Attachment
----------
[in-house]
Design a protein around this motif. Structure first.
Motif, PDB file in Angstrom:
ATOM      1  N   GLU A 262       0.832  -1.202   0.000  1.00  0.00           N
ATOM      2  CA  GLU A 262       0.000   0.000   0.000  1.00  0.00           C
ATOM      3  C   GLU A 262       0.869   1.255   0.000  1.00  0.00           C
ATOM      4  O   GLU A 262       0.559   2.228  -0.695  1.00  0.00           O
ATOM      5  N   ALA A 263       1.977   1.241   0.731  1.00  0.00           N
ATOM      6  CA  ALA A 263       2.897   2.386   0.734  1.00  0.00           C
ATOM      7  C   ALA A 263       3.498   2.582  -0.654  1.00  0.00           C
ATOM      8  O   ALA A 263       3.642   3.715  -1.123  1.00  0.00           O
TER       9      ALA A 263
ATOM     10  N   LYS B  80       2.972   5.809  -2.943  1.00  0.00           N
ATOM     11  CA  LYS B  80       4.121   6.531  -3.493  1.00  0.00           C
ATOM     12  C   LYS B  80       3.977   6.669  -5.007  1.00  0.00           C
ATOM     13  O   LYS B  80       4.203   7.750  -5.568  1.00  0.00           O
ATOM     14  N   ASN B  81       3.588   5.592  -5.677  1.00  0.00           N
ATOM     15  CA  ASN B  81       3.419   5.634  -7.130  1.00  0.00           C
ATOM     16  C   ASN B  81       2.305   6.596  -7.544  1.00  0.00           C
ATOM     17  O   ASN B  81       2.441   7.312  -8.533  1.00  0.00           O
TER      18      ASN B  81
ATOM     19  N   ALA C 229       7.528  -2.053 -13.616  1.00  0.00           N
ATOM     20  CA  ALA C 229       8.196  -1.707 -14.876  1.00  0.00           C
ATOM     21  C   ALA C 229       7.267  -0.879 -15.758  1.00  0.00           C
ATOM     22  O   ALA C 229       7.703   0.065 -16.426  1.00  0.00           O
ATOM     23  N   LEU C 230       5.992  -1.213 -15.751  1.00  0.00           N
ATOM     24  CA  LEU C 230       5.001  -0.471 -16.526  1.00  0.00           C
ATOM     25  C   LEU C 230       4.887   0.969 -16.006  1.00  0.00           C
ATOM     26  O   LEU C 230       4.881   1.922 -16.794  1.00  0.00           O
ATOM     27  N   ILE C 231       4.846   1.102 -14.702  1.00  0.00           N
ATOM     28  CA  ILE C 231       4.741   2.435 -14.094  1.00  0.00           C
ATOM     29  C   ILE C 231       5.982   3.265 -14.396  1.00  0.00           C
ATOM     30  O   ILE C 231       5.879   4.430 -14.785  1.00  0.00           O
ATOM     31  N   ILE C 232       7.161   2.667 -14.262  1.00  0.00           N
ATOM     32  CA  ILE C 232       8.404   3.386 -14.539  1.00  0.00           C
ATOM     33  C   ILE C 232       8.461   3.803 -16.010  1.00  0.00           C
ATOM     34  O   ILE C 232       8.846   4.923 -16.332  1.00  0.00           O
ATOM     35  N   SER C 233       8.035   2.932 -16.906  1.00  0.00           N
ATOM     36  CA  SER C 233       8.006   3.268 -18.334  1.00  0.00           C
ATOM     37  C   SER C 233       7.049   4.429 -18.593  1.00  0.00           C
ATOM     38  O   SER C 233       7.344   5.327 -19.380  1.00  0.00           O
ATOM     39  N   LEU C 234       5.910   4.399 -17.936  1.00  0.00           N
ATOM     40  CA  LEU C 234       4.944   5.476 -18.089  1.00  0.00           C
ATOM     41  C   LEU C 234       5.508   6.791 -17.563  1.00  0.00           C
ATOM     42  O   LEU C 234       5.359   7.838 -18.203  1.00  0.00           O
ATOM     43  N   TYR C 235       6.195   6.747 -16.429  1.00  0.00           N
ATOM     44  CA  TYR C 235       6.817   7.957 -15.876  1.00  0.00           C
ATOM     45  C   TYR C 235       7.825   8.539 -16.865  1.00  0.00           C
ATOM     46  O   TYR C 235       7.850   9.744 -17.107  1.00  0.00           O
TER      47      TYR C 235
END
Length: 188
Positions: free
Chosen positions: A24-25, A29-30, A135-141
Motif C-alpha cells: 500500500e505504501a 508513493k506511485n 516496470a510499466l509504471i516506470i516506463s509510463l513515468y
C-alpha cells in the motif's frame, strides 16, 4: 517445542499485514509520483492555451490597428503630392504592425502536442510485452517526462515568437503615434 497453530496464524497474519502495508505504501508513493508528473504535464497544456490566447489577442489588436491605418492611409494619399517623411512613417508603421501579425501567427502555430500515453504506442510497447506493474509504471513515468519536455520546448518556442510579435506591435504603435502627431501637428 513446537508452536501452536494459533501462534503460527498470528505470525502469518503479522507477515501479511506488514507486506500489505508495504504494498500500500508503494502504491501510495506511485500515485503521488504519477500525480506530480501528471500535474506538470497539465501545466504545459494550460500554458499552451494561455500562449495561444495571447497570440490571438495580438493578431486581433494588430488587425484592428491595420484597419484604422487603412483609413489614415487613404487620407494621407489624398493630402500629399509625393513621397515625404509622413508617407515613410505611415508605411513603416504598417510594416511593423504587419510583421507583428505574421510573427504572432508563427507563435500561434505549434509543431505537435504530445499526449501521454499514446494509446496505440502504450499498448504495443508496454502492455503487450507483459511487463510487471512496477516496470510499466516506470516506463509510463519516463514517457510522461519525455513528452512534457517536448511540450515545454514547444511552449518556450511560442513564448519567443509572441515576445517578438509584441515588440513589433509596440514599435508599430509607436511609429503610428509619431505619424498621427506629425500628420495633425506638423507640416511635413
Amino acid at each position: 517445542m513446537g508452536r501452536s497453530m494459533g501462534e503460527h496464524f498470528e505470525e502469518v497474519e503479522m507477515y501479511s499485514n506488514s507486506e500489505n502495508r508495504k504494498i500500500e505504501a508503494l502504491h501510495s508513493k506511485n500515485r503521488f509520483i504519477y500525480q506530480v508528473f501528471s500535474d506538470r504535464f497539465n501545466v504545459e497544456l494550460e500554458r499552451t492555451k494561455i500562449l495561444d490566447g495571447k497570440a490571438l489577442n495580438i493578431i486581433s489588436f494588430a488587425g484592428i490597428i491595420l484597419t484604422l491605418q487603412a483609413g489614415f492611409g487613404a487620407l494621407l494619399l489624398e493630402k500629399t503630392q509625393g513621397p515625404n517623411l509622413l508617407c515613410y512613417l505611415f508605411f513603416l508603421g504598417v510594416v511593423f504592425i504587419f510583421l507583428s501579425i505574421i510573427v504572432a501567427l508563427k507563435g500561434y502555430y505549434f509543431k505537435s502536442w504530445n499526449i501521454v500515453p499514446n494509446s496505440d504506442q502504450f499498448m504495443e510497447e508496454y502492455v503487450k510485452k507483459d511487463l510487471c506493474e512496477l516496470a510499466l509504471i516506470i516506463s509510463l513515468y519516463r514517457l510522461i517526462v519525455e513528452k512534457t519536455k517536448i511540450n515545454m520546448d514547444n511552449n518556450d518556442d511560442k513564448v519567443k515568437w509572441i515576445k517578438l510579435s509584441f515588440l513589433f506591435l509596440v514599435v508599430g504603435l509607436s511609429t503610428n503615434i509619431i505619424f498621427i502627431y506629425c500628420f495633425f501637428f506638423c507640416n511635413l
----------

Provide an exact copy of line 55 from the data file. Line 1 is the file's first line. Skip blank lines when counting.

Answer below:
Motif C-alpha cells: 500500500e505504501a 508513493k506511485n 516496470a510499466l509504471i516506470i516506463s509510463l513515468y